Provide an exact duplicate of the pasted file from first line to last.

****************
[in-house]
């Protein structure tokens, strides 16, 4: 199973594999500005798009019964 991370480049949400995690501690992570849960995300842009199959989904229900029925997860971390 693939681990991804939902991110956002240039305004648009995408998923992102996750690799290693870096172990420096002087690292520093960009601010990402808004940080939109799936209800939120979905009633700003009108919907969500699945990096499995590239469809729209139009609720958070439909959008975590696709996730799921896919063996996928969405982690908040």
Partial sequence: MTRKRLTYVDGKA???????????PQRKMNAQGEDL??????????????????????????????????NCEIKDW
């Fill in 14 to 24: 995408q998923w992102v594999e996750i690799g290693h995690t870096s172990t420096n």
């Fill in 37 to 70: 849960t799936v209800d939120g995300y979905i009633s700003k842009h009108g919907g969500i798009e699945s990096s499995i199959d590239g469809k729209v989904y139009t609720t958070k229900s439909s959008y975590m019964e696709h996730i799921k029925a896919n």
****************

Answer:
[in-house]
């Protein structure tokens, strides 16, 4: 199973594999500005798009019964 991370480049949400995690501690992570849960995300842009199959989904229900029925997860971390 693939681990991804939902991110956002240039305004648009995408998923992102996750690799290693870096172990420096002087690292520093960009601010990402808004940080939109799936209800939120979905009633700003009108919907969500699945990096499995590239469809729209139009609720958070439909959008975590696709996730799921896919063996996928969405982690908040």
Partial sequence: MTRKRLTYVDGKA???????????PQRKMNAQGEDL??????????????????????????????????NCEIKDW
């Fill in 14 to 24: 995408q998923w992102v594999e996750i690799g290693h995690t870096s172990t420096n």
């Fill in 37 to 70: 849960t799936v209800d939120g995300y979905i009633s700003k842009h009108g919907g969500i798009e699945s990096s499995i199959d590239g469809k729209v989904y139009t609720t958070k229900s439909s959008y975590m019964e696709h996730i799921k029925a896919n």